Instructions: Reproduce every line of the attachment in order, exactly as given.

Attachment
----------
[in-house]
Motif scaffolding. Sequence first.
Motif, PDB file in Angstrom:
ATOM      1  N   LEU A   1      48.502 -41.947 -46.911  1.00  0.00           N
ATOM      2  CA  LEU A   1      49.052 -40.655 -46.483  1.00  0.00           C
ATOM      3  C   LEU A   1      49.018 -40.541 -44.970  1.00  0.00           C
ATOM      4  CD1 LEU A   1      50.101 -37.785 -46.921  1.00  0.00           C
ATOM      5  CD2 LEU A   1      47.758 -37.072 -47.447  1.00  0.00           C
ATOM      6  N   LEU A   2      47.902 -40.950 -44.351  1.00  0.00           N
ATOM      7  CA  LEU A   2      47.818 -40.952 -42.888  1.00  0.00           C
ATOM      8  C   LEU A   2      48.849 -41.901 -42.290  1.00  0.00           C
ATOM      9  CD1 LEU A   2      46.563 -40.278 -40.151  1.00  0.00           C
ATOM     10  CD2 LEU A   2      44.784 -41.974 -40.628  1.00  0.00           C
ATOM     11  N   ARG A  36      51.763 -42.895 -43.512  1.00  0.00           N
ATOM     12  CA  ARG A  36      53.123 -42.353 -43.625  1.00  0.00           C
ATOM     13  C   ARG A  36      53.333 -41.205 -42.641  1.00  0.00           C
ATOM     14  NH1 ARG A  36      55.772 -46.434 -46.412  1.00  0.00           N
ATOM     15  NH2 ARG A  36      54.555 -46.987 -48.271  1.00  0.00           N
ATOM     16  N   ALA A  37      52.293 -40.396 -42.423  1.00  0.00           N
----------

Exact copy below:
[in-house]
Motif scaffolding. Sequence first.
Motif, PDB file in Angstrom:
ATOM      1  N   LEU A   1      48.502 -41.947 -46.911  1.00  0.00           N
ATOM      2  CA  LEU A   1      49.052 -40.655 -46.483  1.00  0.00           C
ATOM      3  C   LEU A   1      49.018 -40.541 -44.970  1.00  0.00           C
ATOM      4  CD1 LEU A   1      50.101 -37.785 -46.921  1.00  0.00           C
ATOM      5  CD2 LEU A   1      47.758 -37.072 -47.447  1.00  0.00           C
ATOM      6  N   LEU A   2      47.902 -40.950 -44.351  1.00  0.00           N
ATOM      7  CA  LEU A   2      47.818 -40.952 -42.888  1.00  0.00           C
ATOM      8  C   LEU A   2      48.849 -41.901 -42.290  1.00  0.00           C
ATOM      9  CD1 LEU A   2      46.563 -40.278 -40.151  1.00  0.00           C
ATOM     10  CD2 LEU A   2      44.784 -41.974 -40.628  1.00  0.00           C
ATOM     11  N   ARG A  36      51.763 -42.895 -43.512  1.00  0.00           N
ATOM     12  CA  ARG A  36      53.123 -42.353 -43.625  1.00  0.00           C
ATOM     13  C   ARG A  36      53.333 -41.205 -42.641  1.00  0.00           C
ATOM     14  NH1 ARG A  36      55.772 -46.434 -46.412  1.00  0.00           N
ATOM     15  NH2 ARG A  36      54.555 -46.987 -48.271  1.00  0.00           N
ATOM     16  N   ALA A  37      52.293 -40.396 -42.423  1.00  0.00           N